When Matt Barkley stood in front of that sparkling Christmas tree in Heritage Hall and spoke about “unfinished business,” there was little doubt in the minds of most USC football fans – the Trojan family was about to be witness to greatness.
There was talk of a National Championship, a Heisman and so much possibility, probability, maybe even certainty.
Now, just over a year to the day that the masses in cardinal and gold at the Coliseum chanted “One More Year” as the clock ran down on one of the most lopsided victories in school history, the culmination of one of the most impressive seasons by a USC quarterback ever, most Trojan fan are looking back and wondering, “What happened?”
The Trojans entered this season as the number one team in the nation, destined for Miami and a shot to prove themselves after a two-year bowl ban. Now, unranked with a 7-5 record, the more likely destination is El Paso.
Barkley started this season as the Heisman front runner. Not only will he miss out on New York again this season, he barely managed an honorable mention on the All Pac-12 roster.
Where did it all go wrong?
The answer requires a look back at 2008, because unfortunately for Barkley, the disappointment of this season is simply the past repeating itself.
In 2007, a 17-year-old Matt Barkley became the youngest player and first junior to ever win the Gatorade National Player of the Year and the Gatorade National Male Athlete of the Year. He was awarded the Glenn Davis Award as the top high school football player in California and the Joe Montana Award as the best quarterback in the country.
He completed 62% of his passes, threw for 3,560 yards, 35 touchdowns and nine interceptions. Mater Dei finished 9-2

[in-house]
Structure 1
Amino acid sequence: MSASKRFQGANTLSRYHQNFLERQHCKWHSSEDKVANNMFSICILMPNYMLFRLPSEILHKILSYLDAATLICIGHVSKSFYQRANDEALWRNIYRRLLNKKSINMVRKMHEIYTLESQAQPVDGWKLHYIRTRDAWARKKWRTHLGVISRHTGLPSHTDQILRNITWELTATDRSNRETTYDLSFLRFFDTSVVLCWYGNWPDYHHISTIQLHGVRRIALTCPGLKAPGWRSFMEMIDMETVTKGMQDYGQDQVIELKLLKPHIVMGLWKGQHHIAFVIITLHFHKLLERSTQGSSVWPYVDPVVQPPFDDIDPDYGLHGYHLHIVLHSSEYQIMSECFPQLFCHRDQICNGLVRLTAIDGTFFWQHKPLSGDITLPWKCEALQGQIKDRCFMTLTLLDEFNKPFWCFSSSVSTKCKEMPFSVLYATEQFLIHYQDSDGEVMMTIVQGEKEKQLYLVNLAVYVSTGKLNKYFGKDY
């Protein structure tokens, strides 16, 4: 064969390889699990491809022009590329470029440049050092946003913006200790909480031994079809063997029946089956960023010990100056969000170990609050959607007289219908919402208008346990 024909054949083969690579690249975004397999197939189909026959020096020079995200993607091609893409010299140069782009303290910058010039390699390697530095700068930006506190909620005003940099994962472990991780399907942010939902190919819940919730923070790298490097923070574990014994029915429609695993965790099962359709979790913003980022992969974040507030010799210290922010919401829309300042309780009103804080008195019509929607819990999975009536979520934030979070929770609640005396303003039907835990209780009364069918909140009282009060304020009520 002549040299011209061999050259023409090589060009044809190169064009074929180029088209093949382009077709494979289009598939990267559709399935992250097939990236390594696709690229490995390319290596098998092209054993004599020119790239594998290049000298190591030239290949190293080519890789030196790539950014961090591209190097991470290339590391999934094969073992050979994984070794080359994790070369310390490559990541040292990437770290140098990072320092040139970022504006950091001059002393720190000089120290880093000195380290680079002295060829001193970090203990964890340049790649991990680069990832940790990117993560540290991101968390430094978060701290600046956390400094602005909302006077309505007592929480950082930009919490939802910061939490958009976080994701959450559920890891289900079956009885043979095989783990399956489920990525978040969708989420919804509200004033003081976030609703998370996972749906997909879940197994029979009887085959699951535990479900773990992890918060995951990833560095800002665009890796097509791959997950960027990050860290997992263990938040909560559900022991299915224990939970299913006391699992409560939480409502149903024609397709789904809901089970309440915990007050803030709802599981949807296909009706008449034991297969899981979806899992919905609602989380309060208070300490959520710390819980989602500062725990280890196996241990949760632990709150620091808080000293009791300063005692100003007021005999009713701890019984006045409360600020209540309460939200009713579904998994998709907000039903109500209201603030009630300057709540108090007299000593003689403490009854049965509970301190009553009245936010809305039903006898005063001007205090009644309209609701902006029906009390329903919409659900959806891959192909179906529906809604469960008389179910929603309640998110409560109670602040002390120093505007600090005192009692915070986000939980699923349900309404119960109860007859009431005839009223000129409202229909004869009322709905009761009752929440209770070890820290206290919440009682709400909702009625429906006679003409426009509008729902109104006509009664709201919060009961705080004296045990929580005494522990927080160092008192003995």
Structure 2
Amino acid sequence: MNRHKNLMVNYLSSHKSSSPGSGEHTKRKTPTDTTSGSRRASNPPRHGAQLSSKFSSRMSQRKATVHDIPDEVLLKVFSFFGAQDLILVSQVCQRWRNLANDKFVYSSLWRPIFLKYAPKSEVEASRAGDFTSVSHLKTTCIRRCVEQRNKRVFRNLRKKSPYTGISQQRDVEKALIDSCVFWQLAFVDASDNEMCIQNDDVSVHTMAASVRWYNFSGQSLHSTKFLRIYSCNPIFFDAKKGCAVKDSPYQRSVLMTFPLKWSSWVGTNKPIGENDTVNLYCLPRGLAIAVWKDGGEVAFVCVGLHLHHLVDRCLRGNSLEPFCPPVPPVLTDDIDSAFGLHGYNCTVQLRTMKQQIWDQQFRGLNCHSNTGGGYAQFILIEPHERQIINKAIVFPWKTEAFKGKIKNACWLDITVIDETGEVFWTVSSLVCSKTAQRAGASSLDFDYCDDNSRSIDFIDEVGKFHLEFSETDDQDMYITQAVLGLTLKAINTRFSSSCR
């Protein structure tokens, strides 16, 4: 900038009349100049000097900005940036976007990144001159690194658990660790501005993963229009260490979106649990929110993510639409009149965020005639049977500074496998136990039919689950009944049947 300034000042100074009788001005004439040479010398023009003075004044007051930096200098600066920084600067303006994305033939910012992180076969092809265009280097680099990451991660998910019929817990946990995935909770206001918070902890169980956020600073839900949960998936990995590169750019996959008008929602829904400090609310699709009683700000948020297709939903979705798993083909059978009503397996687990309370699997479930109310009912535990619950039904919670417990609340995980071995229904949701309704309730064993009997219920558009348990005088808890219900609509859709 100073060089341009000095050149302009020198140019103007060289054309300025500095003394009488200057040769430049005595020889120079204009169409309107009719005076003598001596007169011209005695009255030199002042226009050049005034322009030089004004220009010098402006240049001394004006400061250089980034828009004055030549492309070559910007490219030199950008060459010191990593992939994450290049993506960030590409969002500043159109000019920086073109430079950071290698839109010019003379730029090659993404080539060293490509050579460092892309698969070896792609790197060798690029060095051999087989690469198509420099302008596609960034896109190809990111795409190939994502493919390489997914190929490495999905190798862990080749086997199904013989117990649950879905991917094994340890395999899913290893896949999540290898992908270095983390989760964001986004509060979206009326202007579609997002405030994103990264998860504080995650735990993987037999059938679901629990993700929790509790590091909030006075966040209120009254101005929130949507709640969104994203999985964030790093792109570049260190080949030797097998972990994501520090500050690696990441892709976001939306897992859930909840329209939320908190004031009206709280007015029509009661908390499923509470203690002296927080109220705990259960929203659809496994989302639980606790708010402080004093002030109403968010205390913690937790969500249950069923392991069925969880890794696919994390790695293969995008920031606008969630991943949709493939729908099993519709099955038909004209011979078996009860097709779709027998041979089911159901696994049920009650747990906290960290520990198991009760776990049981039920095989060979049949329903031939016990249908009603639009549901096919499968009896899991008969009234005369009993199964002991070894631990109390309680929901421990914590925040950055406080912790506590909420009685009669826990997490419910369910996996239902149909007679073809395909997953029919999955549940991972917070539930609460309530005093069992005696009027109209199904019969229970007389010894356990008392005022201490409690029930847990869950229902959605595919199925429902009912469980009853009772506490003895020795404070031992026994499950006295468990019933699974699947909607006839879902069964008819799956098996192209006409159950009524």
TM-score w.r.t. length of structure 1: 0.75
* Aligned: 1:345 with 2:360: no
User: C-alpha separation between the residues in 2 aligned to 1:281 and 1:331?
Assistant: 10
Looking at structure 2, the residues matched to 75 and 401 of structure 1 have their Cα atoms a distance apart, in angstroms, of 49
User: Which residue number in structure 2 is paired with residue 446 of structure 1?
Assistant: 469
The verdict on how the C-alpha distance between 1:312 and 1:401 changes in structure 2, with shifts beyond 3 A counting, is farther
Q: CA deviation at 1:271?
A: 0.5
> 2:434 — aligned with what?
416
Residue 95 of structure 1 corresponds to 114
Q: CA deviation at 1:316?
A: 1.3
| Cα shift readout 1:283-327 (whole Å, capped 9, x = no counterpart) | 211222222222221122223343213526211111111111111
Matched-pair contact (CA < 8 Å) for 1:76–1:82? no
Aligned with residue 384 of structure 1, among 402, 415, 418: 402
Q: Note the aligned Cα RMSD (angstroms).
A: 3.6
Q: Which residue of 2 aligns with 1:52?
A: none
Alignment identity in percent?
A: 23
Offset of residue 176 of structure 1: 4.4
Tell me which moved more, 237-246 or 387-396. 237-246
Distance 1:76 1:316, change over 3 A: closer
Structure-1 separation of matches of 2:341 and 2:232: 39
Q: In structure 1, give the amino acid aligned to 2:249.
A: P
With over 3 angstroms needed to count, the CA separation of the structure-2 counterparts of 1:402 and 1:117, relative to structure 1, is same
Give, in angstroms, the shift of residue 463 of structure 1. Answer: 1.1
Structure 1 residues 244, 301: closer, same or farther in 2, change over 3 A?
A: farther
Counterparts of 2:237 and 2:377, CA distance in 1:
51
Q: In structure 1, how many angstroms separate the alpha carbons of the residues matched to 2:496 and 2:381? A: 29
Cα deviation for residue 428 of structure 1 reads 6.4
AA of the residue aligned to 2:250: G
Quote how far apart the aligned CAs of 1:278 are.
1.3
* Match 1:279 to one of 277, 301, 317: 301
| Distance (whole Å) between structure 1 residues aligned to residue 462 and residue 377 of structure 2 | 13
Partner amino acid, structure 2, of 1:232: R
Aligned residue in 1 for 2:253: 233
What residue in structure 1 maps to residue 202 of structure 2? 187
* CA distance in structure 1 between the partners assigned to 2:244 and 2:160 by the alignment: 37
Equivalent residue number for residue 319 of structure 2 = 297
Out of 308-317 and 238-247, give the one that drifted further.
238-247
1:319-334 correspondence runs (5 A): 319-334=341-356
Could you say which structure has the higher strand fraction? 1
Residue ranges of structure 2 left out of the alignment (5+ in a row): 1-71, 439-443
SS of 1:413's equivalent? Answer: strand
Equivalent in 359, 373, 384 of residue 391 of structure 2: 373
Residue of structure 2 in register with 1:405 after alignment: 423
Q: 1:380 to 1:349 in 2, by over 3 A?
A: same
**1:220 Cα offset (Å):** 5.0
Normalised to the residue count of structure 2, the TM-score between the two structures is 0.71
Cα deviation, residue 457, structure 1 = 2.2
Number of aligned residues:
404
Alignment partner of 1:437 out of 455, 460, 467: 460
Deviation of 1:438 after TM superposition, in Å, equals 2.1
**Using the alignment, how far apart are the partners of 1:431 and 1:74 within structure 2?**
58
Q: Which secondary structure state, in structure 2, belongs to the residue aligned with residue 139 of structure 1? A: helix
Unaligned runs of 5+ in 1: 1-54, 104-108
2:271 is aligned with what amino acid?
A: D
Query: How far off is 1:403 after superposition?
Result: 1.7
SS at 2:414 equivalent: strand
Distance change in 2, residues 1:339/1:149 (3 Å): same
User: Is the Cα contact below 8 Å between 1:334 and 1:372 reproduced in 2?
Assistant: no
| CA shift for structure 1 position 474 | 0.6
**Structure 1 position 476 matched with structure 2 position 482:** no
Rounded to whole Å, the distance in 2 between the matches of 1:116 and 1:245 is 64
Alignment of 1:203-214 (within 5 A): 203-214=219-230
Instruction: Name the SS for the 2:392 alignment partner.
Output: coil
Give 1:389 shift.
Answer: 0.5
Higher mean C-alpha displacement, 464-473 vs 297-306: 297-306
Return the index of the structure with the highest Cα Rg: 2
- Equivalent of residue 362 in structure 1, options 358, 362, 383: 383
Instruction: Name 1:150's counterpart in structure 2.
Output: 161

He completed his junior season with all the momentum in the world leading into his senior year. But he stalled.
More specifically, he started to throw interceptions, doubling his total from the year before from nine to 18.
In 2007, he had just three multiple interception games and never threw more than two interceptions at a time. In 2008, he had six games with multiple interceptions, including two four-interception outings to start and finish the season.
Barkley’s high school senior season also saw his other passing stats dip. His touchdown total dropped to 23, down 12 from his junior year. His passing yards dipped to 2,887.
Of greatest concern, his accuracy plummeted from 62% to 54%. In six of his 12 starts he completed less than half of his passes. For comparison, he threw below 50% just once as a junior.
Mater Dei ended the season 8-4, and Barkley, though still a highly touted recruit, finished the season on a low note with one of his worst games ever in a playoff loss to Tesoro, throwing for 36%, one touchdown and four interceptions.
Flash forward to 2012 and the similarities jump out instantly.
Barkley was electric as a junior at USC and the offense he managed in the second half of the season was among the best in the country. But more importantly, he was efficient.
He completed 69% of his passes, just once dipping below 60%. He amassed 3528 yards and set the all-time Pac-12 record for touchdown passes in a season with 39. All the while he threw only seven interceptions.
Entering his senior season as a Trojan, Barkley once again had all the momentum in the world. And again, he stalled.
Just as it had been in high school, Barkley’s senior year has been characterized by interceptions.
This season, Barkley has more than doubled his passing turnovers, from seven to 15. As a junior he had just one multi-interception game. As a senior he had six. In 2011, he finished the season with two interceptions in four games. USC was undefeated in those games. In 2012, his final four games featured nine interceptions and the Trojans went 1-3.
Continuing the parallel, Barkley’s senior season at USC finished with a lower completion percentage, down six to 63%, less total yards, down to 3273, and less touchdowns, down three to 36 (though he did play one less game).
USC has as much talent on offense as any team in the country, but everything runs through the quarterback. The Trojan’s strong finish at the end of last year started and finished with Matt Barkley. And the Trojan’s weak finish this season is also a reflection of Matt Barkley.
Maybe he got over confident. Maybe he hit his peak too early. Maybe he tried to do too much.
When voters cast their ballots and placed USC at number one in the preseason, when Trojan fans begged for one more year, they did so with the expectation that Barkley would build upon his junior season. That’s what senior quarterbacks are supposed to do.
Instead, he regressed, throwing more interceptions as a senior in 2012 than he did as the first true freshman starter in USC history. Which, by the way, is exactly what he did at Mater Dei in 2008.